Resident: Buffalo, New York
Carol, 57, is a resident of New York state, and was working as a certified nursing assistant at a nursing home when she had to have a shoulder replacement. “I wasn’t able to do my normal job,” she said. “I fell behind on my bills.” Carol had to stop working for three years and applied for Social Security Disability Insurance (SSDI) benefits.
She was approved for SSDI. Then Allsup Employment Services, a Social Security-certified Employment Network, reached out to her. They provided information about using the Ticket to Work program, which provides support and free help to attempt to return to work.
“The Ticket to Work program helped me to be able to catch up,” she said. She said she earns less than $20,000 a year. “It was good because I was falling behind (financially).”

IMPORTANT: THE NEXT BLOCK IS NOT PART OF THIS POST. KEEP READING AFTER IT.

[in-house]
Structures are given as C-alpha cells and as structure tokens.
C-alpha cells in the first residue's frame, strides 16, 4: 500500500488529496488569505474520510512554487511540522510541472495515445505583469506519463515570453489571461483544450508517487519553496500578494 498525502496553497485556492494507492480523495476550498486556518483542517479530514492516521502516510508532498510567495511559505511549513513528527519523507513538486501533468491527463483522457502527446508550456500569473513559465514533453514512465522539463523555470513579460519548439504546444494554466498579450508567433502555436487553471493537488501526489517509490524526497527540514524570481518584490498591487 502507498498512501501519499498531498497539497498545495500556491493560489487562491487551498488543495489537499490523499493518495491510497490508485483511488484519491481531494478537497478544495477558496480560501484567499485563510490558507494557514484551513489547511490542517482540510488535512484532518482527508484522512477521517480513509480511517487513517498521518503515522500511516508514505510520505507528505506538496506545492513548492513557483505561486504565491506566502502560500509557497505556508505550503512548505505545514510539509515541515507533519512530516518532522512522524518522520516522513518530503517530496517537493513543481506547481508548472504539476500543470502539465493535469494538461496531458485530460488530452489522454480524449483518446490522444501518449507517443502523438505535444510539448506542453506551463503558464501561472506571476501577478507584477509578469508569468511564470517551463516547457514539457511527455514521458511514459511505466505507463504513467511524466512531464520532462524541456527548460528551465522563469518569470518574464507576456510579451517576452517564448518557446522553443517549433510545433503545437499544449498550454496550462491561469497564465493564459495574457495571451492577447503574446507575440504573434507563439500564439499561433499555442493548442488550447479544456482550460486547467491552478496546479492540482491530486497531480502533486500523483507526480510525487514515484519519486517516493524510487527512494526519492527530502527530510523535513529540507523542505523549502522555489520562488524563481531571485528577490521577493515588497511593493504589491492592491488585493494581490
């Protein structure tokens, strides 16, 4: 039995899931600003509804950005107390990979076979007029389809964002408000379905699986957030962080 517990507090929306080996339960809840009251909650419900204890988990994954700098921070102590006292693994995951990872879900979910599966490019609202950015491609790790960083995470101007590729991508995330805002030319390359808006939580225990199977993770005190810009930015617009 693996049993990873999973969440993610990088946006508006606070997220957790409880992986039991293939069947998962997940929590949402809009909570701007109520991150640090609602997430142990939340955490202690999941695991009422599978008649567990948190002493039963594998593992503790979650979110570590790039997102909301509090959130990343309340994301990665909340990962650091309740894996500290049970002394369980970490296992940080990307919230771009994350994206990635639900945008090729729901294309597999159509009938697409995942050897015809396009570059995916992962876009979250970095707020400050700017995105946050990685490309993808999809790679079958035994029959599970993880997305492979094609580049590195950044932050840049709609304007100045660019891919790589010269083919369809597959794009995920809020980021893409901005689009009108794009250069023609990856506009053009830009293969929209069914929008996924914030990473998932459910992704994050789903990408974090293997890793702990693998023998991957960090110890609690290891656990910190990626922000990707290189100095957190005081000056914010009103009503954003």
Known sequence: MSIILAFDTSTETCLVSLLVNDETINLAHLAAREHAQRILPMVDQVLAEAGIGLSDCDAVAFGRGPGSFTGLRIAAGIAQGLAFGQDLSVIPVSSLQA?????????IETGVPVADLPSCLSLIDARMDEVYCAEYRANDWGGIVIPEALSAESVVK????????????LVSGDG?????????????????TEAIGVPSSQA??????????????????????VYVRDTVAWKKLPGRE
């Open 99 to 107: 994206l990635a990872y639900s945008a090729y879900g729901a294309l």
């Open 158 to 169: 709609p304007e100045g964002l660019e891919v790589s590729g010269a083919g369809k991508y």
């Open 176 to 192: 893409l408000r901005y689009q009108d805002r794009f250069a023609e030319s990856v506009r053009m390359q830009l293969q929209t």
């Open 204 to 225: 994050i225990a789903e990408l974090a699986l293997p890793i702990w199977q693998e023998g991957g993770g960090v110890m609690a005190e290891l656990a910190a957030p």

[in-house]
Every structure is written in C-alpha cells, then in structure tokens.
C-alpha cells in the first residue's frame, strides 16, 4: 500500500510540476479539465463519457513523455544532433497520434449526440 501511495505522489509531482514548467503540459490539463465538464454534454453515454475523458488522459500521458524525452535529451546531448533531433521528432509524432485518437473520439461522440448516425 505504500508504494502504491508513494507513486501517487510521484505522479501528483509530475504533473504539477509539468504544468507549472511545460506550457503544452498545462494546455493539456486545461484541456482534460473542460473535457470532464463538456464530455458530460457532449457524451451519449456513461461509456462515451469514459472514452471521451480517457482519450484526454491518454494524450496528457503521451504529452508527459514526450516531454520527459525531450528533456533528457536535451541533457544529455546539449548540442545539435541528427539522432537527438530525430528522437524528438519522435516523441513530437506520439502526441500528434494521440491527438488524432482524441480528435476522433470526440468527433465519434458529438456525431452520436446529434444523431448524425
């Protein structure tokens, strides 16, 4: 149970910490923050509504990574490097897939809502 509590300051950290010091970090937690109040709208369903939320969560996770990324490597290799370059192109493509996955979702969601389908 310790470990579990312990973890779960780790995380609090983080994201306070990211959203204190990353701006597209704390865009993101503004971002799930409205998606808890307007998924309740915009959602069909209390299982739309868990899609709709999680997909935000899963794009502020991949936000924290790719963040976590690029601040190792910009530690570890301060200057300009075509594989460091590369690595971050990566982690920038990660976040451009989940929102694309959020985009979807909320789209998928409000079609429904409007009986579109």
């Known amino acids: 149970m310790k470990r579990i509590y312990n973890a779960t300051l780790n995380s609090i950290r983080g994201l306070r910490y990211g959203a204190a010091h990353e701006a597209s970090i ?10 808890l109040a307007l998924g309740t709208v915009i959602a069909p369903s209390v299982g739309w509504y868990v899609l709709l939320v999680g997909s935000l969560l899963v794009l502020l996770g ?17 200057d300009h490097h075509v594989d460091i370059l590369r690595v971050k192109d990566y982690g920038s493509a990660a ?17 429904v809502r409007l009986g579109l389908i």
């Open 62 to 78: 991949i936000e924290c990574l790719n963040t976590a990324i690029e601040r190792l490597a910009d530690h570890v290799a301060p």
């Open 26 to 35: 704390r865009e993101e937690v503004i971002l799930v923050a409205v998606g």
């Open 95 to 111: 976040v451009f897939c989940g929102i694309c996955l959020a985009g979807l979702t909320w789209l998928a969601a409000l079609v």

She now works as a personal care aide and visits clients’ homes. “It was a real simple process to start with Ticket to Work,” she said. “I just thank God for Allsup because I was able to keep my car, my car insurance, those kinds of things.”
Carol is one of tens of thousands of former workers who could see improved opportunity for employment if the Work Opportunity Tax Credit (WOTC) is extended past the Dec. 31, 2019, deadline and with SSDI recipients are added as a target population. The revenue impact of the adding SSDI beneficiaries is estimated at only $8.5 million a year. These steps mean more incentives for employers to hire individuals with disabilities who want to try to work again.
A Success Story from Secure Work Coalition
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